Mistake #4: We split the equity equally—25%/25%/25%/25%
- Raynaud said, “Splitting equity in this manner shows that you have not had frank discussions with your team. A 50/50 split would mean that the company could not exist without that other person. Usually, you do not split equity equally.”
- [If you’re looking for a tool to help you calculate equity, Raynaud created a Cofounder Equity Calculater, which is very cool because it acts like a middleman, or a counselor, between you and your cofounder(s). Raynaud suggested that you each use the calculator independently, then compare your results with your cofounder(s)—a great tool for determining how you each think up front.]
Mistake #3: We haven’t decided who the CEO is yet
- Raynaud said frankly, “You need to have this discussion.”
Mistake #2: I’m full-time, everybody else is part-time.
- “Part-time people will be left on the side of the road quickly—it’s just a natural byproduct,” said Raynaud.
Mistake #1: We have lined up a great team! All we need now is a developer.
- So, how do you convince a developer to join you? Raynaud pointed out that showing traction helps significantly—1) show that you have customers signing up, 2) show that you have investors lined up, and 3) show that big names are partnering with you.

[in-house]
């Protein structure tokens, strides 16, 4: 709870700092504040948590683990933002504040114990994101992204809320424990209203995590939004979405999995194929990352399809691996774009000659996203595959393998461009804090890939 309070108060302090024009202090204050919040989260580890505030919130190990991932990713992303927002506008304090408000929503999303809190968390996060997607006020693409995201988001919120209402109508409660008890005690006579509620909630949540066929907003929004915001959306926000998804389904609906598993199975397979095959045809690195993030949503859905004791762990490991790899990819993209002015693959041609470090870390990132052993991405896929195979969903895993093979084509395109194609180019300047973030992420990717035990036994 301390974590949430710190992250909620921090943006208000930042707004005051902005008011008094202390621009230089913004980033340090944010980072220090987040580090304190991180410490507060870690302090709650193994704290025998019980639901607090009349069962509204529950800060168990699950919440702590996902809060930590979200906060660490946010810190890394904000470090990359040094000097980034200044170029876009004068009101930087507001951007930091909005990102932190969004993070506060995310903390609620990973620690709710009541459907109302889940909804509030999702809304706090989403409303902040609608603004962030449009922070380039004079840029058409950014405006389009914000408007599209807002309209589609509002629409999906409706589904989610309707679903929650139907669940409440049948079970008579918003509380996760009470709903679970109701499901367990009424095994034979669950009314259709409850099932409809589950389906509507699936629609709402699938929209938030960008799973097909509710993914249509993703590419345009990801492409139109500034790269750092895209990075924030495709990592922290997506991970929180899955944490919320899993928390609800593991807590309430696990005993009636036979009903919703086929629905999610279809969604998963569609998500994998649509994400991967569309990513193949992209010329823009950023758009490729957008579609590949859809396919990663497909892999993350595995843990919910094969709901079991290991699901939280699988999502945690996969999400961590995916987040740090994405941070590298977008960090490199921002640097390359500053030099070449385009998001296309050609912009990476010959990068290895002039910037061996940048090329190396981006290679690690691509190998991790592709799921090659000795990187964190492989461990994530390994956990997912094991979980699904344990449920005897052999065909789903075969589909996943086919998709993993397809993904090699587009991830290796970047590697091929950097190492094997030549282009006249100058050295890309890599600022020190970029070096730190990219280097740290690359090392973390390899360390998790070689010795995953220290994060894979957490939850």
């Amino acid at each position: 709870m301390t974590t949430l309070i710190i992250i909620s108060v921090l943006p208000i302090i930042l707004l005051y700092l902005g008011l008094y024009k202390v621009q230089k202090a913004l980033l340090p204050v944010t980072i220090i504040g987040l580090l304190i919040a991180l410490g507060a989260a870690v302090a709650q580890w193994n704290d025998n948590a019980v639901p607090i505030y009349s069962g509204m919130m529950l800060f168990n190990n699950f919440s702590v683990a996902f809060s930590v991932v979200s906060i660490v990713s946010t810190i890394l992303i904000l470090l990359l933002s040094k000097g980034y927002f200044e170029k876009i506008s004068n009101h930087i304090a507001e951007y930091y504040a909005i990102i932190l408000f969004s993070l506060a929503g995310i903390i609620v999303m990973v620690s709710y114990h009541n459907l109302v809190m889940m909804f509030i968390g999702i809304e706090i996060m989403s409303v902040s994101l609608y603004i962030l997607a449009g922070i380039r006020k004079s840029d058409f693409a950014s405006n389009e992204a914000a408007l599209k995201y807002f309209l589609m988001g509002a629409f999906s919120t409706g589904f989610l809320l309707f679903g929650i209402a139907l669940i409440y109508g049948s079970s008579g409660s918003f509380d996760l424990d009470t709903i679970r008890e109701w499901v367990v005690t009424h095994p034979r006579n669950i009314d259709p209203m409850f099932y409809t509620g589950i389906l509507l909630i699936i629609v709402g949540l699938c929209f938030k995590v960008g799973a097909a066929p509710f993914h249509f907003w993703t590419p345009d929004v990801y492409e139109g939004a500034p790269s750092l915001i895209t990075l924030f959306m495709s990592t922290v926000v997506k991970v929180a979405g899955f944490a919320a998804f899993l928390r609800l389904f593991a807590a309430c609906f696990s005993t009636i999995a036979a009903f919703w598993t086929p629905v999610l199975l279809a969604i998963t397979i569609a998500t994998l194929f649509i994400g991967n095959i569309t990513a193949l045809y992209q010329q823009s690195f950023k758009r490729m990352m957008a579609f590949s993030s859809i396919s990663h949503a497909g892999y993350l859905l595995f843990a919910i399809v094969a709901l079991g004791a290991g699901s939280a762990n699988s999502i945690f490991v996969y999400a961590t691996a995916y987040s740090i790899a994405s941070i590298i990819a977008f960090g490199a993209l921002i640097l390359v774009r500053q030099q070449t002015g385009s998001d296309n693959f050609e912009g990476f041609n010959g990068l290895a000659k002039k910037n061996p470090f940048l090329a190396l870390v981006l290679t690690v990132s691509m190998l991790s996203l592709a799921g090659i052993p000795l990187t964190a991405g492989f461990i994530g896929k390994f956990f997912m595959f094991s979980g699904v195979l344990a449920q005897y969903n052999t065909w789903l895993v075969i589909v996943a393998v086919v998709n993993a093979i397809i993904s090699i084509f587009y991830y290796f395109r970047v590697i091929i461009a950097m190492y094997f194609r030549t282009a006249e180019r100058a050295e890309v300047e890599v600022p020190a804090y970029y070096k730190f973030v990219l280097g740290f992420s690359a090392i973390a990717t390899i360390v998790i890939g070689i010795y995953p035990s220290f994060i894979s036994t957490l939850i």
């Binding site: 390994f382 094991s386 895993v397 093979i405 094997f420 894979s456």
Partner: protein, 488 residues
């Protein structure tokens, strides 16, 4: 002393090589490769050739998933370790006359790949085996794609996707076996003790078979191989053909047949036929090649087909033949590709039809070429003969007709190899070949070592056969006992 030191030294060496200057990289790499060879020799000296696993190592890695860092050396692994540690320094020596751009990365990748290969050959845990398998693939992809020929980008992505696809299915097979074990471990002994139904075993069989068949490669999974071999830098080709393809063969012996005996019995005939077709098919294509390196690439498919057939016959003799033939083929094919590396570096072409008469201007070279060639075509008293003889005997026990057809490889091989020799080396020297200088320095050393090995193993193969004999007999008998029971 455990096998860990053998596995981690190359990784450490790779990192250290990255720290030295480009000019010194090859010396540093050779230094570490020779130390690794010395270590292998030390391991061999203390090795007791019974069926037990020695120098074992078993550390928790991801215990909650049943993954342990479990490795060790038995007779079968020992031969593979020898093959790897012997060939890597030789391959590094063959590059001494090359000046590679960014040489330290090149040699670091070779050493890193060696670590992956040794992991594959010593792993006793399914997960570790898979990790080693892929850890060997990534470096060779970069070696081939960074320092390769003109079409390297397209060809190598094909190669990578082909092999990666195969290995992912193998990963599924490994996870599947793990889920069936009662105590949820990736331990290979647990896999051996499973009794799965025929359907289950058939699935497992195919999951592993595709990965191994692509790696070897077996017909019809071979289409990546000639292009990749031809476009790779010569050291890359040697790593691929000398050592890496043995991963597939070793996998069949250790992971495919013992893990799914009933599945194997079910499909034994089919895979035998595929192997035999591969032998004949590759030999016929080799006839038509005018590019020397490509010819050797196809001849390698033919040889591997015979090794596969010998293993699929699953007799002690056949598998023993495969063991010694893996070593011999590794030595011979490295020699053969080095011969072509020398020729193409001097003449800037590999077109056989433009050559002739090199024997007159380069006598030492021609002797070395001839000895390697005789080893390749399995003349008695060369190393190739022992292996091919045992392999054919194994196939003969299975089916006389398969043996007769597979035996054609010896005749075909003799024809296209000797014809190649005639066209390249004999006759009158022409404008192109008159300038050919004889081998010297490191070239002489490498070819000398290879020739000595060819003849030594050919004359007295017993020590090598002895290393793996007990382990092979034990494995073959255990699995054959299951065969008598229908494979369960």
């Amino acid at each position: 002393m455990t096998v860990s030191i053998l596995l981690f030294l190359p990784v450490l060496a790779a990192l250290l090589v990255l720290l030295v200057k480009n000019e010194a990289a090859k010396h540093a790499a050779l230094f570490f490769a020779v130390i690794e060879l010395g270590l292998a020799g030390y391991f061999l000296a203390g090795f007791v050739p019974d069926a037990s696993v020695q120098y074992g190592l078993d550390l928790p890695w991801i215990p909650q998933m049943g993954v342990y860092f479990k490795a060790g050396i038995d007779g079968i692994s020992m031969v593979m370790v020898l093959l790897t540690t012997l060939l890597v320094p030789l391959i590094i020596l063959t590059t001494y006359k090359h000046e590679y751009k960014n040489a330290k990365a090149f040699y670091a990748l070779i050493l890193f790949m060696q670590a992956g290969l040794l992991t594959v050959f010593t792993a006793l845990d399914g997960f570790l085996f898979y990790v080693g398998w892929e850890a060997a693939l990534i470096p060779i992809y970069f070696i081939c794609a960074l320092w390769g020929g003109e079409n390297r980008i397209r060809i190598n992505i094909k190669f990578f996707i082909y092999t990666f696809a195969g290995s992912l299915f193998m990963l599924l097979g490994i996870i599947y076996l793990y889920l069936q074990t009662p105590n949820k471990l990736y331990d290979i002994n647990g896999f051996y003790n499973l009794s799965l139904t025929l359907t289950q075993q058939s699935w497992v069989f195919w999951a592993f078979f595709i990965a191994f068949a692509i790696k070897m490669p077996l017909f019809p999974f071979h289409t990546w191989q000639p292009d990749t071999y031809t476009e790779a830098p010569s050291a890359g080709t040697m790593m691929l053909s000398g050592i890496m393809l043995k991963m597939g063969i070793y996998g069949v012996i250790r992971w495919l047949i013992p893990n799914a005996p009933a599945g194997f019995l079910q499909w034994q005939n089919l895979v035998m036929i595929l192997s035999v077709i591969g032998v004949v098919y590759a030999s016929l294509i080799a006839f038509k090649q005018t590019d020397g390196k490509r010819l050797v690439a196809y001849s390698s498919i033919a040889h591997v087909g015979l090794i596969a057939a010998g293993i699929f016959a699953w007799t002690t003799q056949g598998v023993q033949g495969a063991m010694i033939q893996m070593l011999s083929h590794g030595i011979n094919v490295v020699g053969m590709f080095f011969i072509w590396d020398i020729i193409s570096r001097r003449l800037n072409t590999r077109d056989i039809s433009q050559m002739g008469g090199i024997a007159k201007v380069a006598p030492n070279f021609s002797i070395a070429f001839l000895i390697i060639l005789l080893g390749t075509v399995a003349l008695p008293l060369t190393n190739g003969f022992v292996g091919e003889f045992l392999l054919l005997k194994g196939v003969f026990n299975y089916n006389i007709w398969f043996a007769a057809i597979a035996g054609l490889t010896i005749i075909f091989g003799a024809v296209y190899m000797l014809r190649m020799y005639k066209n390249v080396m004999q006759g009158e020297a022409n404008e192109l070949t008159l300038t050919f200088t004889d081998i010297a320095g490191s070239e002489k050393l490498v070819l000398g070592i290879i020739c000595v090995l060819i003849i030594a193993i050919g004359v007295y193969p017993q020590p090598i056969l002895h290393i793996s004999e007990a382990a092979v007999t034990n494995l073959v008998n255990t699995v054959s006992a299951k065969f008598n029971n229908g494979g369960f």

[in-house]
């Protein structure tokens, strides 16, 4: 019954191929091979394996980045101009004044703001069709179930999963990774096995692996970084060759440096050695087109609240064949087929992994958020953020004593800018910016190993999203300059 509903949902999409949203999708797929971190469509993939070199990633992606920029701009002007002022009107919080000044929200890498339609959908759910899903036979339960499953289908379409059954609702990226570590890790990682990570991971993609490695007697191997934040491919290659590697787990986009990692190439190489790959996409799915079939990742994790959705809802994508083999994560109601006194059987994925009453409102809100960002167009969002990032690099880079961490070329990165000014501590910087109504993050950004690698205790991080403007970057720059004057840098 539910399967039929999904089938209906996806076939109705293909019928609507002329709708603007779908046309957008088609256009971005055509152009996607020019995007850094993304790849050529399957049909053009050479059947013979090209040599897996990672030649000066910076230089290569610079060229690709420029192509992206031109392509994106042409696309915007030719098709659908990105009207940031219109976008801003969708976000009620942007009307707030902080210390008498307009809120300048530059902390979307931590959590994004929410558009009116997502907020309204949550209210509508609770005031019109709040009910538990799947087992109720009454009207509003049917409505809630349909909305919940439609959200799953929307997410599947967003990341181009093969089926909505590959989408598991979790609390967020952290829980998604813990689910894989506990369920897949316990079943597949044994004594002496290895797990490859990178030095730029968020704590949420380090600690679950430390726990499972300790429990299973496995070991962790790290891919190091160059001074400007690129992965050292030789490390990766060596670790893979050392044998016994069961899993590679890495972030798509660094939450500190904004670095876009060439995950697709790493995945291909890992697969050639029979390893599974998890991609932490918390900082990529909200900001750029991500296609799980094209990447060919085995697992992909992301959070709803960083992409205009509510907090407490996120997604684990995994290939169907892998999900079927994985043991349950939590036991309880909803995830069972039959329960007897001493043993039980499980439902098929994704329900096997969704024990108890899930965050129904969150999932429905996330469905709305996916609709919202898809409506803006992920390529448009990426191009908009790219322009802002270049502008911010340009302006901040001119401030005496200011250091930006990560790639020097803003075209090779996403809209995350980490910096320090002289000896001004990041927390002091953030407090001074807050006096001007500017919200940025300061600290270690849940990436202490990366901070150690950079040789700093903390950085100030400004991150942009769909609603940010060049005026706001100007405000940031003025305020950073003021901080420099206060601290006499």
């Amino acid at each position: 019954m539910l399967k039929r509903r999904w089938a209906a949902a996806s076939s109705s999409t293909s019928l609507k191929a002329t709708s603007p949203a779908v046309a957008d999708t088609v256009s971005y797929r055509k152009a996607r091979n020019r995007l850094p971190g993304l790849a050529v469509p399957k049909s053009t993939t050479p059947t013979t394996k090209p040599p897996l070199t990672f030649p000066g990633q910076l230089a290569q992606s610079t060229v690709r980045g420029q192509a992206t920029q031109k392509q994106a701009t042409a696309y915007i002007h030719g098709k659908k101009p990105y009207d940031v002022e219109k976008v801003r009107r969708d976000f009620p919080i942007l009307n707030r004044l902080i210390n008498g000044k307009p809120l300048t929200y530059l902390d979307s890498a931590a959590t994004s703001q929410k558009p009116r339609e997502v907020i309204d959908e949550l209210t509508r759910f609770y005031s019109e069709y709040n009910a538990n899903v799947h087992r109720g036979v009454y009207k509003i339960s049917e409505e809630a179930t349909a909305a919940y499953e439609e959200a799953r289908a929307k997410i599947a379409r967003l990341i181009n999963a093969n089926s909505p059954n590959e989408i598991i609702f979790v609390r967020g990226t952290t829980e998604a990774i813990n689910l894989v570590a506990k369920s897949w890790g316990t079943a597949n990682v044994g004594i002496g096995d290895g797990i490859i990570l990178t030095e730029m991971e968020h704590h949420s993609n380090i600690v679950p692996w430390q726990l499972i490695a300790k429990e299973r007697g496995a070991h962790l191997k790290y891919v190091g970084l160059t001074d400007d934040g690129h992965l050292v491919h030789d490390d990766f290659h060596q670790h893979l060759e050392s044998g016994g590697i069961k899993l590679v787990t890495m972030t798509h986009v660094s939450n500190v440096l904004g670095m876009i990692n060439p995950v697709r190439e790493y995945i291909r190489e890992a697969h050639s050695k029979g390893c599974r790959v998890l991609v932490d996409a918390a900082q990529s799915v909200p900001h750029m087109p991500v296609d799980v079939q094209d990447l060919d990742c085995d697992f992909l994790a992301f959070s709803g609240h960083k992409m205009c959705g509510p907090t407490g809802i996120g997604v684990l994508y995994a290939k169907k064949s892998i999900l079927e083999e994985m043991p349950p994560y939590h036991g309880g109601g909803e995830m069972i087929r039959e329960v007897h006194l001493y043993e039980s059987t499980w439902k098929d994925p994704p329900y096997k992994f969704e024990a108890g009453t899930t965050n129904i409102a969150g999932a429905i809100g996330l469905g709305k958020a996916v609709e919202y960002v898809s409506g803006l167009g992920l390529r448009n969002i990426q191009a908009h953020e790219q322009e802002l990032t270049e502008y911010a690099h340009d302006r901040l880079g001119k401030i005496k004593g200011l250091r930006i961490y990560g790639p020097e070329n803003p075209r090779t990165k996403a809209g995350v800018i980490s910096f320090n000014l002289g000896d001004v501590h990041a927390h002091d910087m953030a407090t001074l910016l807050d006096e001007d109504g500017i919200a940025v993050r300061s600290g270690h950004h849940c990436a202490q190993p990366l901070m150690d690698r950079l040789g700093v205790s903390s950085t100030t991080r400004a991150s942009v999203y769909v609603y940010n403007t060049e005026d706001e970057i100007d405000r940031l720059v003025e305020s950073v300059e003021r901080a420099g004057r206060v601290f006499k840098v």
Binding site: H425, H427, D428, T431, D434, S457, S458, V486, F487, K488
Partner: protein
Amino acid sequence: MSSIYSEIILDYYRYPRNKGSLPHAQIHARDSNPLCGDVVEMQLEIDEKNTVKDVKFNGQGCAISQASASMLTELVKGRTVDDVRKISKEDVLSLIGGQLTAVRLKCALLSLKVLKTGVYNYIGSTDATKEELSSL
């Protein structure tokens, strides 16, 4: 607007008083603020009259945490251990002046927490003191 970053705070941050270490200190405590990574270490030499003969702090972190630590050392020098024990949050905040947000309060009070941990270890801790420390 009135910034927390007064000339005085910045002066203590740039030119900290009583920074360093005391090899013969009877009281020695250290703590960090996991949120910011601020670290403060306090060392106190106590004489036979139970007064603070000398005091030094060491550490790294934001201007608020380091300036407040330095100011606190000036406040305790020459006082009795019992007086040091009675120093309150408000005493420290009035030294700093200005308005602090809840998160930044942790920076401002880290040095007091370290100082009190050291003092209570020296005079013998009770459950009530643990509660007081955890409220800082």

Enter keynote speaker, Mark Suster (GRP Partners / “Both Sides of the Table”), with a stream of experienced insight, practical knowledge, and golden nuggets of wisdom for startups. I really enjoyed Suster’s energetic keynote, where he opened with a term called “wantrapraneurs.” What’s a “wantrapraneur”? Basically, there are a whole lot of “wannabe entrepreneurs” out there who talk the talk, but don’t get down and dirty—they don’t get the doer work done. (In the music business, as a former executive at Sony, we used to call those types posers.)
Suster had this to say about entrepreneurship: “98% of people think they need an epiphany, like they need to beat the Google search engine algorithm,” when in actuality, all you need to do is have a great concept and simply…start. “You just need an idea, you don’t have to be a genius, just get started.”